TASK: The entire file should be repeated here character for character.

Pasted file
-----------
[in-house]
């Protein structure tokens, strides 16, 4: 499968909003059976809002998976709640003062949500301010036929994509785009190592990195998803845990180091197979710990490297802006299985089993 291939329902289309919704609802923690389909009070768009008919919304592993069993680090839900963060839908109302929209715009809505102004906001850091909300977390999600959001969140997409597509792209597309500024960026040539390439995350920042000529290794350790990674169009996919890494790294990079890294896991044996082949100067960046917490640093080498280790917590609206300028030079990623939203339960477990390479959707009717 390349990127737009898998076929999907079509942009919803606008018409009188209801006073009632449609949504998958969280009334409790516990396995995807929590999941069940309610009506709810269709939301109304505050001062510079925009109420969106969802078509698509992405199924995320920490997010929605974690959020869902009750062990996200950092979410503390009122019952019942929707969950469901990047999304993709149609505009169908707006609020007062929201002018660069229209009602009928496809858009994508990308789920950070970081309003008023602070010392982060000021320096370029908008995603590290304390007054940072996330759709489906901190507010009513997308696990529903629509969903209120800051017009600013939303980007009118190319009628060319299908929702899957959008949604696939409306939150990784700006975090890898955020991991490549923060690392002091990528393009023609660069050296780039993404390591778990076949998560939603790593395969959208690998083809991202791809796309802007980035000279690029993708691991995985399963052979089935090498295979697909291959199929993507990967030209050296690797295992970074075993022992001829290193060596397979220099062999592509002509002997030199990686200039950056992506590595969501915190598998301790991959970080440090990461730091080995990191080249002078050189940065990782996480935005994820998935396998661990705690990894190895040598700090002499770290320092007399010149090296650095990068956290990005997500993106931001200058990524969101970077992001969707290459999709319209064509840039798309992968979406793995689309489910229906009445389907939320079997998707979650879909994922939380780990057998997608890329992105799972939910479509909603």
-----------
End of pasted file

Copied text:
[in-house]
């Protein structure tokens, strides 16, 4: 499968909003059976809002998976709640003062949500301010036929994509785009190592990195998803845990180091197979710990490297802006299985089993 291939329902289309919704609802923690389909009070768009008919919304592993069993680090839900963060839908109302929209715009809505102004906001850091909300977390999600959001969140997409597509792209597309500024960026040539390439995350920042000529290794350790990674169009996919890494790294990079890294896991044996082949100067960046917490640093080498280790917590609206300028030079990623939203339960477990390479959707009717 390349990127737009898998076929999907079509942009919803606008018409009188209801006073009632449609949504998958969280009334409790516990396995995807929590999941069940309610009506709810269709939301109304505050001062510079925009109420969106969802078509698509992405199924995320920490997010929605974690959020869902009750062990996200950092979410503390009122019952019942929707969950469901990047999304993709149609505009169908707006609020007062929201002018660069229209009602009928496809858009994508990308789920950070970081309003008023602070010392982060000021320096370029908008995603590290304390007054940072996330759709489906901190507010009513997308696990529903629509969903209120800051017009600013939303980007009118190319009628060319299908929702899957959008949604696939409306939150990784700006975090890898955020991991490549923060690392002091990528393009023609660069050296780039993404390591778990076949998560939603790593395969959208690998083809991202791809796309802007980035000279690029993708691991995985399963052979089935090498295979697909291959199929993507990967030209050296690797295992970074075993022992001829290193060596397979220099062999592509002509002997030199990686200039950056992506590595969501915190598998301790991959970080440090990461730091080995990191080249002078050189940065990782996480935005994820998935396998661990705690990894190895040598700090002499770290320092007399010149090296650095990068956290990005997500993106931001200058990524969101970077992001969707290459999709319209064509840039798309992968979406793995689309489910229906009445389907939320079997998707979650879909994922939380780990057998997608890329992105799972939910479509909603």